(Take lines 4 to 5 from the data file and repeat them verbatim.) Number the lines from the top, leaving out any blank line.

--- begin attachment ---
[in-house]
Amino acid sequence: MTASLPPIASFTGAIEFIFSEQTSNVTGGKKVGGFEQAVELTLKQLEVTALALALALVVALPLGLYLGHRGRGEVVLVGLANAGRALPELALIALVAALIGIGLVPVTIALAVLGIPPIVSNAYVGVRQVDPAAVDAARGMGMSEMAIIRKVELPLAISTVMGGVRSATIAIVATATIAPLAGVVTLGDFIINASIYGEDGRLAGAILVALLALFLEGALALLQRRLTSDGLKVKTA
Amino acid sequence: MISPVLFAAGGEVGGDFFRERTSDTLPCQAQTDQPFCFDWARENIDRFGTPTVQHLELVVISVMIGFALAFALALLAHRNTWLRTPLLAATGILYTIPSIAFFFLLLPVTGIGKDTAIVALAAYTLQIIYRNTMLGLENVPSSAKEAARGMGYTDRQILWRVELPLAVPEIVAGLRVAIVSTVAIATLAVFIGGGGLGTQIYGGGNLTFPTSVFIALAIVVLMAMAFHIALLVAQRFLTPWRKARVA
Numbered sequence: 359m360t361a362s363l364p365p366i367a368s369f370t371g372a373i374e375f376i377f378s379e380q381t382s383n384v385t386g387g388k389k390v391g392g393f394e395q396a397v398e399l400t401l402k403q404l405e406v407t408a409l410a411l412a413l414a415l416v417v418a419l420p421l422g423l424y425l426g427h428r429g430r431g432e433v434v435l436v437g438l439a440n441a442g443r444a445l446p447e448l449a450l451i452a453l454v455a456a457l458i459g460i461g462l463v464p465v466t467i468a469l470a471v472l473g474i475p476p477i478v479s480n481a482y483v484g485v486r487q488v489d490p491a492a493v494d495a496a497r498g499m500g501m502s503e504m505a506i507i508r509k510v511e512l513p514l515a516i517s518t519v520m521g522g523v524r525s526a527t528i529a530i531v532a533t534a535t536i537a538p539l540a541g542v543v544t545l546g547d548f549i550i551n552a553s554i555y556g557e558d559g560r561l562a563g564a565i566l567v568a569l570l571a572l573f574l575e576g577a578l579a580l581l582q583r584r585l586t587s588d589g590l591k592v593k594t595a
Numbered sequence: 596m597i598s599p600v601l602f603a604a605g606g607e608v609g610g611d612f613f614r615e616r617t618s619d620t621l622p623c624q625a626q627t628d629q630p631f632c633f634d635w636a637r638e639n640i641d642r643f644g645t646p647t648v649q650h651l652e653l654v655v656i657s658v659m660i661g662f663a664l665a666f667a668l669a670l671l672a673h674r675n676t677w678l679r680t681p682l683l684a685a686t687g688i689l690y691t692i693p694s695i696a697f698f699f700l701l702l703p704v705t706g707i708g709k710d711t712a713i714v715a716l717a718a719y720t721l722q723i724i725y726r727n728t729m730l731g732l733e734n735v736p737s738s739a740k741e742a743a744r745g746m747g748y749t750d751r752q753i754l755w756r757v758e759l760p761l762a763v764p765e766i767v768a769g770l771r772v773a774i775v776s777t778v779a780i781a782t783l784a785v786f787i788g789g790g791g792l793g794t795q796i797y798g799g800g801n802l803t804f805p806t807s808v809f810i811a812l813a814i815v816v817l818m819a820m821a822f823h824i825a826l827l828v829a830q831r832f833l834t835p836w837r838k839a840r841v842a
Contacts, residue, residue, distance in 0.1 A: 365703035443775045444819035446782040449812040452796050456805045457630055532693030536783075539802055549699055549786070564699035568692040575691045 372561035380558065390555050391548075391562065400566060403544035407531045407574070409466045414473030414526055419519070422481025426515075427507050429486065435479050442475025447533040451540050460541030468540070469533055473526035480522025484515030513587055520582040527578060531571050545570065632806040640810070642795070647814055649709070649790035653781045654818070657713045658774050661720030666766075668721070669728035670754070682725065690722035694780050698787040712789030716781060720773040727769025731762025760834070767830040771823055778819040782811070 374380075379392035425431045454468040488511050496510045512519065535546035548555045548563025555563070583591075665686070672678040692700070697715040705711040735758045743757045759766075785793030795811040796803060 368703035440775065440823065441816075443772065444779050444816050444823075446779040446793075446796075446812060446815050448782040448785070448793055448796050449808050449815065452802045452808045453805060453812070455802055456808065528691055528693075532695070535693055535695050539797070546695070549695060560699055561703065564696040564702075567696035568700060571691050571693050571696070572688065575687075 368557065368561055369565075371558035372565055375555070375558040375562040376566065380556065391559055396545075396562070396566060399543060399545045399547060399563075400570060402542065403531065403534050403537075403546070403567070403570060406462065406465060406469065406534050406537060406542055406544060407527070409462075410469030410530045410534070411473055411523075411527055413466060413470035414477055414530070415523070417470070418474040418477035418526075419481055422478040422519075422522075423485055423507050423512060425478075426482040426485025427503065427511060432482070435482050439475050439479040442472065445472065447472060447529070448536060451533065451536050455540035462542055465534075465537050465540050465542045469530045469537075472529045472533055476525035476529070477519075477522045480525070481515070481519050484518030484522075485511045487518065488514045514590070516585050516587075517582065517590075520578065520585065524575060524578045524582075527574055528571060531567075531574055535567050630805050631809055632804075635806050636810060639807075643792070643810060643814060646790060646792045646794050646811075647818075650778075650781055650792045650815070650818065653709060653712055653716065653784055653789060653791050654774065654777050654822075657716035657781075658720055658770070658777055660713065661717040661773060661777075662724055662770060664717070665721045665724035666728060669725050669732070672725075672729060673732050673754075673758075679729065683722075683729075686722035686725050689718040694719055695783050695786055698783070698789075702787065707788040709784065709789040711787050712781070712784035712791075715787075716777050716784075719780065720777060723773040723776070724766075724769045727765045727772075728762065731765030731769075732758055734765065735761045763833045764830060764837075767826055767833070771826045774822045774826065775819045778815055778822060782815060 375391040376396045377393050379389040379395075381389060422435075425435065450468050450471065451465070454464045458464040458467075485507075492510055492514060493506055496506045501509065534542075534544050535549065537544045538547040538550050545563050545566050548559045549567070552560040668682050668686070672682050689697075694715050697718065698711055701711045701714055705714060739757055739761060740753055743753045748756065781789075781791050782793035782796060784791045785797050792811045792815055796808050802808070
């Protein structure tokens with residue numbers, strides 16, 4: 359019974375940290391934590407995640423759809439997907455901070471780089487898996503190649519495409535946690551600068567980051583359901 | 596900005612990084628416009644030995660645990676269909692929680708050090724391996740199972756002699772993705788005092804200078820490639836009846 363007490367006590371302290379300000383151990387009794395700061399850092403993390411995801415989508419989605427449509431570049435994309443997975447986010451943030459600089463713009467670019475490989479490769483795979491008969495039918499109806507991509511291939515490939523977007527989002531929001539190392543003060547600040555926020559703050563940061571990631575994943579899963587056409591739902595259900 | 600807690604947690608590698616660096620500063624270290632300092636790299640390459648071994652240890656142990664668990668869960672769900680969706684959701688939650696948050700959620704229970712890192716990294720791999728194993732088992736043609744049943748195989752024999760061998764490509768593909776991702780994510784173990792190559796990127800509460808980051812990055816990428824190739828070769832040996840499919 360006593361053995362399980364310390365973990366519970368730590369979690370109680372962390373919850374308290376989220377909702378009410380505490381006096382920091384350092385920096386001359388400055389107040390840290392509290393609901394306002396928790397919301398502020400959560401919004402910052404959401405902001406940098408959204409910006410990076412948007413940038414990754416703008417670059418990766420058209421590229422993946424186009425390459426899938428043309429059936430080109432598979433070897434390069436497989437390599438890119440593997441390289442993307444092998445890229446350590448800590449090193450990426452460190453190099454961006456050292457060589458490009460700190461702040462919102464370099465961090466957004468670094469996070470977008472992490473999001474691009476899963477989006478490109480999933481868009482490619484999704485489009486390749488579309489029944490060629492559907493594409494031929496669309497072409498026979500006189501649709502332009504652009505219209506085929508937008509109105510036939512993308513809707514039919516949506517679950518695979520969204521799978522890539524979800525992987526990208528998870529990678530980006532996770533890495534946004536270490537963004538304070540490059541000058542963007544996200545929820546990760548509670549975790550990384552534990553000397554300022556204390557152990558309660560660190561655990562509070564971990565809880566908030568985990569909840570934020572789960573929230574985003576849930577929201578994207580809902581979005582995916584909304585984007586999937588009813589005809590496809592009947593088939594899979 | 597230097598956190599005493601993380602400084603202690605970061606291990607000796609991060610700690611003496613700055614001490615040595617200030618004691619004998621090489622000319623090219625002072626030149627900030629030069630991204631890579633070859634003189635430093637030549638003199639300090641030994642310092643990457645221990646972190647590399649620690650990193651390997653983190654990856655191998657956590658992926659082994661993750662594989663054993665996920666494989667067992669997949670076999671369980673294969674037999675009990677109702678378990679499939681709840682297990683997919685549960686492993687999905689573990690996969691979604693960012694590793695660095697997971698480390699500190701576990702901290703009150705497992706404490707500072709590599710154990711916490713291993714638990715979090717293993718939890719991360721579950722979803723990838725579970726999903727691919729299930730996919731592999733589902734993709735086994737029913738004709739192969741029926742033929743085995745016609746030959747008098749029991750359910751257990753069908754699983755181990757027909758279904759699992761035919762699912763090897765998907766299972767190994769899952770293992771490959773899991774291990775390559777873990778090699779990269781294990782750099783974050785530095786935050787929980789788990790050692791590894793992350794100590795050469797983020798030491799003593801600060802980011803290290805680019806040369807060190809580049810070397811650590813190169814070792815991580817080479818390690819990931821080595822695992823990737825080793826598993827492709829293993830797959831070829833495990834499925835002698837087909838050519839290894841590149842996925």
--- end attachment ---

Numbered sequence: 359m360t361a362s363l364p365p366i367a368s369f370t371g372a373i374e375f376i377f378s379e380q381t382s383n384v385t386g387g388k389k390v391g392g393f394e395q396a397v398e399l400t401l402k403q404l405e406v407t408a409l410a411l412a413l414a415l416v417v418a419l420p421l422g423l424y425l426g427h428r429g430r431g432e433v434v435l436v437g438l439a440n441a442g443r444a445l446p447e448l449a450l451i452a453l454v455a456a457l458i459g460i461g462l463v464p465v466t467i468a469l470a471v472l473g474i475p476p477i478v479s480n481a482y483v484g485v486r487q488v489d490p491a492a493v494d495a496a497r498g499m500g501m502s503e504m505a506i507i508r509k510v511e512l513p514l515a516i517s518t519v520m521g522g523v524r525s526a527t528i529a530i531v532a533t534a535t536i537a538p539l540a541g542v543v544t545l546g547d548f549i550i551n552a553s554i555y556g557e558d559g560r561l562a563g564a565i566l567v568a569l570l571a572l573f574l575e576g577a578l579a580l581l582q583r584r585l586t587s588d589g590l591k592v593k594t595a
Numbered sequence: 596m597i598s599p600v601l602f603a604a605g606g607e608v609g610g611d612f613f614r615e616r617t618s619d620t621l622p623c624q625a626q627t628d629q630p631f632c633f634d635w636a637r638e639n640i641d642r643f644g645t646p647t648v649q650h651l652e653l654v655v656i657s658v659m660i661g662f663a664l665a666f667a668l669a670l671l672a673h674r675n676t677w678l679r680t681p682l683l684a685a686t687g688i689l690y691t692i693p694s695i696a697f698f699f700l701l702l703p704v705t706g707i708g709k710d711t712a713i714v715a716l717a718a719y720t721l722q723i724i725y726r727n728t729m730l731g732l733e734n735v736p737s738s739a740k741e742a743a744r745g746m747g748y749t750d751r752q753i754l755w756r757v758e759l760p761l762a763v764p765e766i767v768a769g770l771r772v773a774i775v776s777t778v779a780i781a782t783l784a785v786f787i788g789g790g791g792l793g794t795q796i797y798g799g800g801n802l803t804f805p806t807s808v809f810i811a812l813a814i815v816v817l818m819a820m821a822f823h824i825a826l827l828v829a830q831r832f833l834t835p836w837r838k839a840r841v842a